Book - White Blood: A Lyric of Virginia


Winner of the 2021 UNT Rilke Prize
Hurston/Wright Foundation Legacy Award Nominee
Library of Virginia Literary Awards Finalist
San Francisco State Poetry Center Book Award
Winner of the 2021 Spalding Prize for the Promotion of Peace and Justice
Featured in 2021 CLMP Indie Lit Fair, "Power to the People"
IPPY Awards, Silver Medal for "Poetry"
Official Selection of Virginia for Route 1 Reads
The New York Times, “Poems that Poets Turn to in a Time of Strife”
The New York Times Book Review, “New and Noteworthy”
Library Journal, “Black Voices Matter 2020”
Publishers Weekly,
"Spring 2020 Announcements, Top 10"
Publishers Weekly, “An Anti-Racist Poetry Reading List”
Rumpus, “What to Read When You Want to Celebrate Women’s History”
The Millions, “Must-Read Poetry: May 2020”
Library Journal, "Versifying / Collection Development: Poetry", "National Poetry Month Books for 2020"
Southern Review of Books, “The Best Southern Books of May 2020”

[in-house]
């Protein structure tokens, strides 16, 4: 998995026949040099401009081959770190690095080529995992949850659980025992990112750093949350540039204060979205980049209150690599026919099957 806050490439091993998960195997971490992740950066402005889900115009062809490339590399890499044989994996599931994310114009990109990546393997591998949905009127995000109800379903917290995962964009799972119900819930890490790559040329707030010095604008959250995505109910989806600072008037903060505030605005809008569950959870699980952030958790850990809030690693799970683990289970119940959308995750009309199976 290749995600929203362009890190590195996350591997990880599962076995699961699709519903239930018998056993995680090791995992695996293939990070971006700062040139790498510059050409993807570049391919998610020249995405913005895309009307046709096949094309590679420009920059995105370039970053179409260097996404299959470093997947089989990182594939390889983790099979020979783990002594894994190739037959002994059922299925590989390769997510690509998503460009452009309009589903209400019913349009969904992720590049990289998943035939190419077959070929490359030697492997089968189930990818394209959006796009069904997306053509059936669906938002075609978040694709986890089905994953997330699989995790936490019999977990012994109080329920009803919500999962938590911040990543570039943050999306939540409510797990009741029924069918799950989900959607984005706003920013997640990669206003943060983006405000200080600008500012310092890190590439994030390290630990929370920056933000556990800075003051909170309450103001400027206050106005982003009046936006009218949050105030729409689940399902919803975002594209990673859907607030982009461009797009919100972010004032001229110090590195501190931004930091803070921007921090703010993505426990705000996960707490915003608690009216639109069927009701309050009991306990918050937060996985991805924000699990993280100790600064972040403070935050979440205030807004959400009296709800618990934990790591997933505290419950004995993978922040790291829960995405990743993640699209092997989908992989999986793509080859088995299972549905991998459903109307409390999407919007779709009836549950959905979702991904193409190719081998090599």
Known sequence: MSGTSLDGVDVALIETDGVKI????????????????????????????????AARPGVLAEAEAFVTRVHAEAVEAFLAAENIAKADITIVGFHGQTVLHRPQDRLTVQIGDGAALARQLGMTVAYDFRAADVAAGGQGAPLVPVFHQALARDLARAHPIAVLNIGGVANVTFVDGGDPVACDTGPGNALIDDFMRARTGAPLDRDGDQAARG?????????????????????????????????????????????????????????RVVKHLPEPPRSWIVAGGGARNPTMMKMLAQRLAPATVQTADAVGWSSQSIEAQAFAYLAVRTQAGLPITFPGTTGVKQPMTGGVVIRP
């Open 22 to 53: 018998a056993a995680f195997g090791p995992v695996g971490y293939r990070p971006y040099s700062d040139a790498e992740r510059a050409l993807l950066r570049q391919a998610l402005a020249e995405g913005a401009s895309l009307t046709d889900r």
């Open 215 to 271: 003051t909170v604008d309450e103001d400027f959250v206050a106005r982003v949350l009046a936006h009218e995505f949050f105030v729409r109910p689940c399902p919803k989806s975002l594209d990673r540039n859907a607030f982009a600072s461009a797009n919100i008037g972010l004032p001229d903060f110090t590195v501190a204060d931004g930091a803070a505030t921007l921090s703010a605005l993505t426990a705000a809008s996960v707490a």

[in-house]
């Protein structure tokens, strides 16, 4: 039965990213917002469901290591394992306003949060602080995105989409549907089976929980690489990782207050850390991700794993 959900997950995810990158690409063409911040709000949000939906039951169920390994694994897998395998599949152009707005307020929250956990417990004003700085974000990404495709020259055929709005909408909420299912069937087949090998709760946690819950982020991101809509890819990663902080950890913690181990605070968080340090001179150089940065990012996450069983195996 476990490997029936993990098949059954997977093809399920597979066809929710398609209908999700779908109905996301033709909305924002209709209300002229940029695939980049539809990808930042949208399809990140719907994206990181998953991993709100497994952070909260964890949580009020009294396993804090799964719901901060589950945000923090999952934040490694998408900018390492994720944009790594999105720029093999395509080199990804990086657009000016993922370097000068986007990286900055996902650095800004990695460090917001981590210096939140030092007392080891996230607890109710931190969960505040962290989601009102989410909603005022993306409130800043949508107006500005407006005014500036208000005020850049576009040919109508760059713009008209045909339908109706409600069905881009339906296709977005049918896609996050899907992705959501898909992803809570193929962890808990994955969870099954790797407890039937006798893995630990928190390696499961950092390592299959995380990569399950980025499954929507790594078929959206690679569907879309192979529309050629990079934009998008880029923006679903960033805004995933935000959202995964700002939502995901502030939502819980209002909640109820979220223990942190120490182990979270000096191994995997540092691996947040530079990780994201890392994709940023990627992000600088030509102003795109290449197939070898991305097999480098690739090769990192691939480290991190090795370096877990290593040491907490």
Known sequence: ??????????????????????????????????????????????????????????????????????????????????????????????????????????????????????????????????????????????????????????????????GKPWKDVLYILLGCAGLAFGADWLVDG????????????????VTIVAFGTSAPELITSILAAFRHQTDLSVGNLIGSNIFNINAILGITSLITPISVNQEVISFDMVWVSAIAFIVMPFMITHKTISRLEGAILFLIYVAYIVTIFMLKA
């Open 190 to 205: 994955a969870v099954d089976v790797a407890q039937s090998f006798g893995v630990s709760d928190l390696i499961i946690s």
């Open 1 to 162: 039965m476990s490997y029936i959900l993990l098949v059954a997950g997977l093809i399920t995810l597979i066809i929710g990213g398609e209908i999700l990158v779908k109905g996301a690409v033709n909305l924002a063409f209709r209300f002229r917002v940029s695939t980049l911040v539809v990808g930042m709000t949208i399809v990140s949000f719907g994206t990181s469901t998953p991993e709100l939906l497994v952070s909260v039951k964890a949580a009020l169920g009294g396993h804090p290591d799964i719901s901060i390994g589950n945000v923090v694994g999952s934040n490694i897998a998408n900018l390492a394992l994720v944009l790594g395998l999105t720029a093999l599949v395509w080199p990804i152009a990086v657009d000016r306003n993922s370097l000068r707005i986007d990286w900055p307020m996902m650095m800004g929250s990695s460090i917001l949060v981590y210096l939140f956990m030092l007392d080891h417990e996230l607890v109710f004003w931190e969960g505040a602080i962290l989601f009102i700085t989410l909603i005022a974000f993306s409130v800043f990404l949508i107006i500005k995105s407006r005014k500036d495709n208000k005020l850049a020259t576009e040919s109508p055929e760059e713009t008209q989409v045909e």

In her fourth full-length book, White Blood: A Lyric of Virginia, Kiki Petrosino turns her gaze to Virginia, where she digs into her genealogical and intellectual roots, while contemplating the knotty legacies of slavery and discrimination in the Upper South. From a stunning double crown sonnet, to erasure poetry contained within DNA testing results, the poems in this collection are as wide-ranging in form as they are bountiful in wordplay and truth. In her poem “The Shop at Monticello,” she writes: “I’m a black body in this Commonwealth, which turned black bodies/ into money. Now, I have money to spend on little trinkets to remind me/ of this fact. I’m a money machine & my body constitutes the common wealth.” Speaking to history, loss, and injustice with wisdom, innovation, and a scientific determination to find the poetic truth, White Blood plants Petrosino’s name ever more firmly in the contemporary canon.

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